Kenyan airstrikes target Shebab after Garissa university massacre
Kenyan fighter jets pounded alQaida-linked Shebab insurgent camps in southern Somalia on Monday, the army said, days after the Islamists killed 148 people in their worst ever massacre in Kenya.
The airstrikes, which the army said destroyed two Islamist bases, came on the second day of national mourning in Kenya, and as security forces tried to hunt down those behind the university killings.
The massacre, Kenya’s deadliest attack since the 1998 bombing of the U.S. embassy in Nairobi, claimed the lives of 142 students, three police officers and three soldiers.
“We bombed two Shebab camps in the Gedo region,” Kenyan army spokesman David Obonyo told AFP, without giving details about any possible casualties in the lawless region bordering Kenya.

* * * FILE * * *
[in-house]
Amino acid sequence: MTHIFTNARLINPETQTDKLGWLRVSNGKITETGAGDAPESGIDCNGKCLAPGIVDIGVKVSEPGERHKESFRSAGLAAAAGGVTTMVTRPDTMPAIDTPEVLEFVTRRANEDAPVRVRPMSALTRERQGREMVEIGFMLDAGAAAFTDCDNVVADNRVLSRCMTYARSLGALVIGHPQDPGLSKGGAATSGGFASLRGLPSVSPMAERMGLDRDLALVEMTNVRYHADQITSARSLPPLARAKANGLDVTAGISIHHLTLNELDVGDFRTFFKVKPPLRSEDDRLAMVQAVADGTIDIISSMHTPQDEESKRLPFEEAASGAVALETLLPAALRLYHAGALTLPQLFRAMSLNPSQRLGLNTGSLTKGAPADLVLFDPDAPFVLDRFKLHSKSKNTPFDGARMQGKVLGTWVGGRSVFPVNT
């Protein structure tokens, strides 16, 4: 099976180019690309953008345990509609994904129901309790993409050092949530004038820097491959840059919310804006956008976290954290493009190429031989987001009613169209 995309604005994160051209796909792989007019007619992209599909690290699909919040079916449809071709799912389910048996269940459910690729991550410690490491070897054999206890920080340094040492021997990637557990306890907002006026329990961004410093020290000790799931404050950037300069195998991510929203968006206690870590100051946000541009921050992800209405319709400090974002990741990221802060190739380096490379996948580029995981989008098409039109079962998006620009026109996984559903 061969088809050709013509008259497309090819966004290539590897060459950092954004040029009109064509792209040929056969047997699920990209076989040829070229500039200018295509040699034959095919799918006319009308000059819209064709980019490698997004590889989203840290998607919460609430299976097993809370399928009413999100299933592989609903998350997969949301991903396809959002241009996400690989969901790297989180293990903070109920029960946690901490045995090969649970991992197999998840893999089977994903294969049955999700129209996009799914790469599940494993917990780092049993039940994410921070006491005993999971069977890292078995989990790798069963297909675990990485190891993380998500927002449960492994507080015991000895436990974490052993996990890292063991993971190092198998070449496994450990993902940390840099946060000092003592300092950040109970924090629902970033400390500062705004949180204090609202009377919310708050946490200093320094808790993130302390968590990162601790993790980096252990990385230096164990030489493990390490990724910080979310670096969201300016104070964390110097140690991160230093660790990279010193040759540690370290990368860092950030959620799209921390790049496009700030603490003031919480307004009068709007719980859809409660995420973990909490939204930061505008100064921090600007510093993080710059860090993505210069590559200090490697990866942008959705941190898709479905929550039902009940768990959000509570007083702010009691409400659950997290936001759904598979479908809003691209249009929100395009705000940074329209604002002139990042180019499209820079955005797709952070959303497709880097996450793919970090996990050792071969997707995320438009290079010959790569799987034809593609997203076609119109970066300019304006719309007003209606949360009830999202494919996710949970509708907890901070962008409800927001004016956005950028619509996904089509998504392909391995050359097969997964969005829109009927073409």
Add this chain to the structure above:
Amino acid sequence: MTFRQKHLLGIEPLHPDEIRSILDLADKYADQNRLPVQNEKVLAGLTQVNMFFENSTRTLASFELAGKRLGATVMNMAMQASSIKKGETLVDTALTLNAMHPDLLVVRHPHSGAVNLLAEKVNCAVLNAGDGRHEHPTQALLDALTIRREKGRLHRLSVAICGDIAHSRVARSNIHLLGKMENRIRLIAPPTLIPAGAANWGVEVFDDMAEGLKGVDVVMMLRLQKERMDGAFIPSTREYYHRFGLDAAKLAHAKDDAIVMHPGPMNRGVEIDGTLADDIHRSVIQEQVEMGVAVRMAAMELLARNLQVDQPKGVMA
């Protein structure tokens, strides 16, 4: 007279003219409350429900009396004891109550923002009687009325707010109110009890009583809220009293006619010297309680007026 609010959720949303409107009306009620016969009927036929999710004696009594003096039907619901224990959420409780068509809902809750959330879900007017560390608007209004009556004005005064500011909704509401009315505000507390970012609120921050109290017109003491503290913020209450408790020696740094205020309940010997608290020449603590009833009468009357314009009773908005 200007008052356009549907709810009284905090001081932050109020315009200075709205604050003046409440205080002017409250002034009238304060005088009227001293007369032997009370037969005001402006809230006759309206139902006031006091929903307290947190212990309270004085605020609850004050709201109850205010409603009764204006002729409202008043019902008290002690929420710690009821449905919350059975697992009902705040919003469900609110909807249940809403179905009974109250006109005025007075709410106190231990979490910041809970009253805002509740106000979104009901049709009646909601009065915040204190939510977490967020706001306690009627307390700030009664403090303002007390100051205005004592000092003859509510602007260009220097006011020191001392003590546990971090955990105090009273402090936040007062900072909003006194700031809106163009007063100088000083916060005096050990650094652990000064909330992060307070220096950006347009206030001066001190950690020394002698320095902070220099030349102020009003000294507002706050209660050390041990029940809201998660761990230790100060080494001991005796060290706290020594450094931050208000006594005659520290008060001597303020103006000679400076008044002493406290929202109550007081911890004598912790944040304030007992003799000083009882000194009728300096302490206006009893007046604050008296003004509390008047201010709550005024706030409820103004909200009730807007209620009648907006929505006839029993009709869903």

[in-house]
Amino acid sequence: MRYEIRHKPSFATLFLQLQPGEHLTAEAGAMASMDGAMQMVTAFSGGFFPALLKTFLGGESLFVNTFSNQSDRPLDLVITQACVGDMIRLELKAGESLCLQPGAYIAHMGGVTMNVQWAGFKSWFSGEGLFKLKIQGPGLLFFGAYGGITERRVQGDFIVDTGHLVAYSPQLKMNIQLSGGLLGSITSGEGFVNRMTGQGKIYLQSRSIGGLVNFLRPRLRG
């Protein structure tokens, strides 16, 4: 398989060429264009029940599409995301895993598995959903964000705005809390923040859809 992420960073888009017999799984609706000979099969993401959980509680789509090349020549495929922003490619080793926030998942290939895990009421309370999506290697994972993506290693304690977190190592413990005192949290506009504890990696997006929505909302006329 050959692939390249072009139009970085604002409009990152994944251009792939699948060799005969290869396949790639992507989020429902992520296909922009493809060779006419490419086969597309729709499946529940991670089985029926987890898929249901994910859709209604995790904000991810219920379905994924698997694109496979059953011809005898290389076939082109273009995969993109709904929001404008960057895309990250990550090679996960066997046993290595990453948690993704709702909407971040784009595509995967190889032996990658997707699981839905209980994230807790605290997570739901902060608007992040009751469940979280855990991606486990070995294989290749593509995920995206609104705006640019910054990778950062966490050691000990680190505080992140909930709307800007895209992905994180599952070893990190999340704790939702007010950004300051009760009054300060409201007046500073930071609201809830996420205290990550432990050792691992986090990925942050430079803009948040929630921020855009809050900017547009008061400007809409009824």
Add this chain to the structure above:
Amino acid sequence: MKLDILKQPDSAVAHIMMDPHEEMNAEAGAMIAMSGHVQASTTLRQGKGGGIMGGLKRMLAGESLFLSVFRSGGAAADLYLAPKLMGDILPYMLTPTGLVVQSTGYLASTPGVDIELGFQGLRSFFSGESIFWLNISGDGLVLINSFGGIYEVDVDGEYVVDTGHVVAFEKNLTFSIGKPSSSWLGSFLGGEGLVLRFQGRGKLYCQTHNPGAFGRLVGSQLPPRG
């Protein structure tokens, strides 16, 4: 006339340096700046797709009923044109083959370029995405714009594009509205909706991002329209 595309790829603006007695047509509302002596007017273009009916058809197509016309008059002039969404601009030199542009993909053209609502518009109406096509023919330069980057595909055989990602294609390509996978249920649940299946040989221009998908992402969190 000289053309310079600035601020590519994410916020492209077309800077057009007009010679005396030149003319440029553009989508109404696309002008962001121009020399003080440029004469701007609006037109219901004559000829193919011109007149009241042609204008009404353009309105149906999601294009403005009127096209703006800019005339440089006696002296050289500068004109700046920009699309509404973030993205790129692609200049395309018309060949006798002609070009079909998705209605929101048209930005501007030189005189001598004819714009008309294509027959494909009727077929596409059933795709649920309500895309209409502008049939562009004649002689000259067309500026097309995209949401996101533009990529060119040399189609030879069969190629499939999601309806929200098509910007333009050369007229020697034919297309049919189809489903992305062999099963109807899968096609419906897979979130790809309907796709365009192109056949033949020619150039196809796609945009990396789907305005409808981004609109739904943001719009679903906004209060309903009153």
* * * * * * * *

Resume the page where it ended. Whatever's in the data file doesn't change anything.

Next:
“The two targets were hit and taken out, the two camps are destroyed.”
The airstrikes follow threats by President Uhuru Kenyatta that he would retaliate “in the severest way possible” against the Shebab militants for their attack on Thursday.
The Shebab gunmen launched the pre-dawn attack in Garissa, storming dormitory buildings before lining up non-Muslim students for execution in what Kenyatta described as a “barbaric medieval slaughter.”
Kenyan airplanes have made repeated strikes in southern Somalia since their troops crossed into their war-torn neighbor in 2011 to attack Shebab bases, with Nairobi later joining the African Union force fighting the Islamists.
“The bombings are part of the continued process and engagement against Al-Shebab, which will go on,” Obonyo added.
The Shebab fled their power base in Somalia’s capital Mogadishu in 2011, and continue to battle the AU force, AMISOM, sent to drive them out. It includes troops from Burundi, Djibouti, Ethiopia, Kenya and Uganda.